Certainly, our setting for the launch - an ancient Masonic temple in the heart of London's financial district - is best described as 'museum-like' in its lighting. But even so, the pictures we took of the temple's ornate decorations came out nicely sharp and noise-free even at reasonably high ISOs. In-built 5-axis stabilisation is a further help in this regard - and indeed in all shooting situations.

The sensor remains unchanged from the Mk II: it's a 1in 24.1MP Exmor R CMOS affair, which we already know can produce outstanding results. It's bigger than the 1/2.3in sensors found in many of its rivals, and in our review of the RX100, we certainly felt that it made a difference.

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More after the break...

VIDEO STAR

The RX100's video skills have also been ramped up for the Mk III. It can now shoot in the advanced XAVC S format, which is based on the professional-grade XAVC standard, and can record full HD footage at high bit-rates of up to 50Mbps. There's also a 120p mode for super slow-mo shots, and of course the 5-axis stabilisation will also be a boon when filming.

Subject tracking has also been enhanced - both for videos and stills - with the likes of Lock-on AF and Eye AF helping you keep your subject in focus. And another nice touch is the option to simultaneously record a small MP4 clip and full HD version, making it quicker and easier to share videos with friends. 

Speaking of sharing: the RX100 III has built-in Wi-Fi and NFC, but we weren't able to put them to the test in our time with the camera. We're yet to see a camera that properly nails the whole connectivity thing, but maybe the Mk III will surprise us. If it does work, compatibility with Sony's PlayMemories app should be a bonus. This offers a suite of creative and helpful programs including a timelapse app, multiple exposure app, retouching app, remote shooting and more. There are also, as always, dozens of creative effects built into the camera's menus too.

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ALL THE OTHER STUFF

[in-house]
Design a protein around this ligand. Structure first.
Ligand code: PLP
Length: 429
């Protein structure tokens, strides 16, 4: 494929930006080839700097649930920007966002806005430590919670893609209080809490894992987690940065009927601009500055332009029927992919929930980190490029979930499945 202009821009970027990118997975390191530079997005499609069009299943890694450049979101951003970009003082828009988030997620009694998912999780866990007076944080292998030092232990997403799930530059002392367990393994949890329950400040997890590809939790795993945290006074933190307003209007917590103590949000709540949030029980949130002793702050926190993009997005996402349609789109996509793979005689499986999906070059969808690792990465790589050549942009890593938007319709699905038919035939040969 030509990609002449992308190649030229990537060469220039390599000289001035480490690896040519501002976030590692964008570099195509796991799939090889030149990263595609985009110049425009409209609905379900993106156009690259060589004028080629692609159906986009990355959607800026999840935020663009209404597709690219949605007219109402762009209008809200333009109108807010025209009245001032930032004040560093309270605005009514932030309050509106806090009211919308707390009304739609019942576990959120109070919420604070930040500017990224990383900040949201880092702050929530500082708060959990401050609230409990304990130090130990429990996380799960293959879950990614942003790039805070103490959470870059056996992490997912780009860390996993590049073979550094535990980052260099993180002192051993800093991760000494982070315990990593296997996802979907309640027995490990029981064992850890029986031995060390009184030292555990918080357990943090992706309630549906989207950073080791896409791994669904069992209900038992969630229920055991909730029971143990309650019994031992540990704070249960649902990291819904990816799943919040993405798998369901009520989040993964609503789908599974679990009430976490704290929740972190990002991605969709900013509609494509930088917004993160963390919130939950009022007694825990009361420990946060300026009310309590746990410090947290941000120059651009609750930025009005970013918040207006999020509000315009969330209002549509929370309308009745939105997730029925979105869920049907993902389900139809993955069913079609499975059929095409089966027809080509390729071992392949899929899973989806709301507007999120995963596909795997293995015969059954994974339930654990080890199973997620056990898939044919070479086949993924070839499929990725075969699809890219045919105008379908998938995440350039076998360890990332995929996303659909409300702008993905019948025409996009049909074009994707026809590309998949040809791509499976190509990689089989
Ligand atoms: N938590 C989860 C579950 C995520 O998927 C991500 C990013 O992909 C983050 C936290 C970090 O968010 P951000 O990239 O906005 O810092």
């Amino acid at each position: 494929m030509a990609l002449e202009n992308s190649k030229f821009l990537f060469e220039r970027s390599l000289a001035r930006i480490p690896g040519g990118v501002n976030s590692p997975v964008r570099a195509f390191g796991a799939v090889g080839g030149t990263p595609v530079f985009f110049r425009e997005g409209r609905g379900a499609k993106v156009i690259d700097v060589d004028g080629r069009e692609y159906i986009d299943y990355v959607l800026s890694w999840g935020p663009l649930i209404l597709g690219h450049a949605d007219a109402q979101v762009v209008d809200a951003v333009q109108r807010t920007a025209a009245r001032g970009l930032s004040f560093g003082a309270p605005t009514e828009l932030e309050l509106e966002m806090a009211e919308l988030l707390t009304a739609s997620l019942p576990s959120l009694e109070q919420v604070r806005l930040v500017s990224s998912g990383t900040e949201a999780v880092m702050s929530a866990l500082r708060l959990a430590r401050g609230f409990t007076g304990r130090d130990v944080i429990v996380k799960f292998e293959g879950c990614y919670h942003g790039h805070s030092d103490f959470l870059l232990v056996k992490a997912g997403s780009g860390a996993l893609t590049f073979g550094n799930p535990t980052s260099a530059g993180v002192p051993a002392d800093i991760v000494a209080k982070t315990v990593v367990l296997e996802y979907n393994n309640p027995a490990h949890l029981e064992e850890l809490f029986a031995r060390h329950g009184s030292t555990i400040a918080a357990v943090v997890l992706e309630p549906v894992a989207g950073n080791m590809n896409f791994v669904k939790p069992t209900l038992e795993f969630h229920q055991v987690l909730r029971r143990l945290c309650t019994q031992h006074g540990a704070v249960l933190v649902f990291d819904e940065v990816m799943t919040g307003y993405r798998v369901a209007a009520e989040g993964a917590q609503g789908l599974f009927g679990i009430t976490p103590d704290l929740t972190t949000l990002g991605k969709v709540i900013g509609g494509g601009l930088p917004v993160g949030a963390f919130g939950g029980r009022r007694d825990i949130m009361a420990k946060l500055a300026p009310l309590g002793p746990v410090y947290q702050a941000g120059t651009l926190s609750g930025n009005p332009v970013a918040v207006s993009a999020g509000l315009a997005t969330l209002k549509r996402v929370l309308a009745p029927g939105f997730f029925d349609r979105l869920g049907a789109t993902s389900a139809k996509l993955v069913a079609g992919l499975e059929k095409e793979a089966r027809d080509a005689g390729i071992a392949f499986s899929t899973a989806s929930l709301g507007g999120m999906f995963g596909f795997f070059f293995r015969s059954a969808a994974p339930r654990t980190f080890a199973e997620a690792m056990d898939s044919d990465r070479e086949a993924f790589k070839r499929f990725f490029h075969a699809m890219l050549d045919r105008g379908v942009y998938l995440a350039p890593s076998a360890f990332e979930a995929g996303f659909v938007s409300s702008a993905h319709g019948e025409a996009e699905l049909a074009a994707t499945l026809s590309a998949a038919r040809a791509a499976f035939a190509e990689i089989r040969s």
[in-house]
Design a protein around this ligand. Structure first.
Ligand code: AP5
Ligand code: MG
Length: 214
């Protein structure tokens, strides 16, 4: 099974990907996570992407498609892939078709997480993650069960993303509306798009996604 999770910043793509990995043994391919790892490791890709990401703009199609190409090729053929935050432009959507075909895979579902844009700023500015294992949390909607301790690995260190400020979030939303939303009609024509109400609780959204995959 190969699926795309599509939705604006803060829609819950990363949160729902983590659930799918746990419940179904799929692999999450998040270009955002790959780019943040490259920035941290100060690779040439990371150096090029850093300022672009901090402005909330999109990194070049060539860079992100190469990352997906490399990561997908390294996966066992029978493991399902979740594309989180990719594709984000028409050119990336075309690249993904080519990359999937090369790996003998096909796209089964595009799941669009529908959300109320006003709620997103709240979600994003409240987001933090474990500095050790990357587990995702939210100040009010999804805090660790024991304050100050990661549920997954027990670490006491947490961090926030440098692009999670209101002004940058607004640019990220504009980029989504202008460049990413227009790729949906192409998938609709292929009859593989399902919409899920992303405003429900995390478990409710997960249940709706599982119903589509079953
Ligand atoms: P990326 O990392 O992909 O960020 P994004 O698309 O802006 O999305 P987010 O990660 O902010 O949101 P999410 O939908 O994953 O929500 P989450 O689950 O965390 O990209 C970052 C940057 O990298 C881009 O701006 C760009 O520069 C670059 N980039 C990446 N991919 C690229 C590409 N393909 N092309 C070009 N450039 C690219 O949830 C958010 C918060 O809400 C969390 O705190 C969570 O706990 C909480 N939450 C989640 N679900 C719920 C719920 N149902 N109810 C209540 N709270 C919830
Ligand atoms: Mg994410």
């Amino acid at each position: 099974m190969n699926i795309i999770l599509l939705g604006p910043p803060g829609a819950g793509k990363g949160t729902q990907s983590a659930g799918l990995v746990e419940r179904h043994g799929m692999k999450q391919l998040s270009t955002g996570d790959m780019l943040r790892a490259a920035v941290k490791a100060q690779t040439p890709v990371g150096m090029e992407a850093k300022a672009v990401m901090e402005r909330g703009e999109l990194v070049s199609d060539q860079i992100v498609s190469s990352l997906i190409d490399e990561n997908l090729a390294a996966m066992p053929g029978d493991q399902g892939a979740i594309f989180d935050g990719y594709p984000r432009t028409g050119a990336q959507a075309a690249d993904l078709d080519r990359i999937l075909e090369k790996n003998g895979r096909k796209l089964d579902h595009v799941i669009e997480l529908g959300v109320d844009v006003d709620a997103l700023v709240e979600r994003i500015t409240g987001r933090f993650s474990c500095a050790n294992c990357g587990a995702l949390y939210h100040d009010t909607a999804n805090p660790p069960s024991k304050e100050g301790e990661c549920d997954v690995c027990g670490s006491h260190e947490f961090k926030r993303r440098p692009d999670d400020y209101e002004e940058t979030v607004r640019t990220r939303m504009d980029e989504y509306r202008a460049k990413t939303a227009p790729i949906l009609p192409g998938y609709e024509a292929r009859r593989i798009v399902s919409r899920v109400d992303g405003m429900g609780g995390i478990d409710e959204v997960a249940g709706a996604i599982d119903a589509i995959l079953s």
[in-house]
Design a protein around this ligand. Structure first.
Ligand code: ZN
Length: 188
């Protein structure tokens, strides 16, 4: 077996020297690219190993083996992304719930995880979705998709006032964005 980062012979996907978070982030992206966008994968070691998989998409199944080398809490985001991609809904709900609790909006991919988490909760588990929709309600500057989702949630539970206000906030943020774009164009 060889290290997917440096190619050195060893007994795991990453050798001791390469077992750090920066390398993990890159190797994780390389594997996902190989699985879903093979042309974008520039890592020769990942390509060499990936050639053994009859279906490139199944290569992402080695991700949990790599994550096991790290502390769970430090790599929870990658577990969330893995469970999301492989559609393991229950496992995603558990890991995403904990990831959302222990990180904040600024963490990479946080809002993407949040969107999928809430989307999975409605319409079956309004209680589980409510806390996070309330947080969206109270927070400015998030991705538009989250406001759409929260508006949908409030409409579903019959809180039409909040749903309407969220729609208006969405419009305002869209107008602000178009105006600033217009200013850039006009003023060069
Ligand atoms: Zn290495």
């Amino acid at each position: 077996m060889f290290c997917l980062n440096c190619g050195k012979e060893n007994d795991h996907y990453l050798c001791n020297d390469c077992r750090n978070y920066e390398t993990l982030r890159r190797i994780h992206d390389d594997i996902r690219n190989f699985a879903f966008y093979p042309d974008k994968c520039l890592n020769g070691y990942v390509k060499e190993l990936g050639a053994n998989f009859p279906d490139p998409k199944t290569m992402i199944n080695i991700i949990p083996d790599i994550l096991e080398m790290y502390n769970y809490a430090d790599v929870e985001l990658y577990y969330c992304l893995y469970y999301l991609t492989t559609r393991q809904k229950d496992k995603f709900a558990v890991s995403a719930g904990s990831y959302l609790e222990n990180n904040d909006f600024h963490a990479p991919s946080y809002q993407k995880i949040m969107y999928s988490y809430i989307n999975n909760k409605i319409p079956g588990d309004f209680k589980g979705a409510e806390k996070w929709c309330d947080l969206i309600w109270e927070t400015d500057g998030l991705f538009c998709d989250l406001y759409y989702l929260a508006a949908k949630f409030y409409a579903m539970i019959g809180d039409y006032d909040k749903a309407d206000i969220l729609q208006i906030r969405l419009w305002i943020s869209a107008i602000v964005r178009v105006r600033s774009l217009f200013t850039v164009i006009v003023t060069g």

What have we forgotten to mention? Ah yes - there's a built-in ND filter, which we didn't try but which can provide up to 3 stops of light reduction - great for using slow shutter speeds in bright light, for instance if you want to take a picture of a bubbling brook on a sunny day.

You can output 4K stills to compatible TVs - a feature which all new cameras seem to have but which next to no-one will ever use. So let's say no more about it. And there's a new customisable button, which can be assigned with any of 41 functions. Meanwhile, the existing 'fn' button found on the previous 2 models is still in evidence, and can itself be changed to modify any one of 12 settings such as ISO, aperture or shutter speed. There's a built-in flash, but the hotshoe from the Mk II has now been dropped.

And that's all we can remember. 

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Sony RX100 III - initial verdict

It's hard to give a proper verdict here, as the RX100 III we used wasn't a final version, and we weren't able to take away and forensically examine any pictures from it. What we can say is that there's absolutely no reason why it won't rival the RX100 and RX100 II in the quality stakes, and in fact we'd expect it to surpass them based on its hopefully superior low-light skills and just general newness.

Add to that the fact that it now has a very cleverly designed electronic viewfinder, wider-angle lens, twistier screen, enhanced video skills, improved 5-axis stabilisation, dual video recording option and better subject-tracking skills, and you're looking at a camera that could be one of the best compacts ever.

There's no word yet on price or release date, but it's unlikely to come cheap. On the plus side, the RX100 and RX100 II are both being continued, and should see price drops when the new model arrives.

We'll be bringing a full review to you as soon as possible, so keep checking back for the final verdict.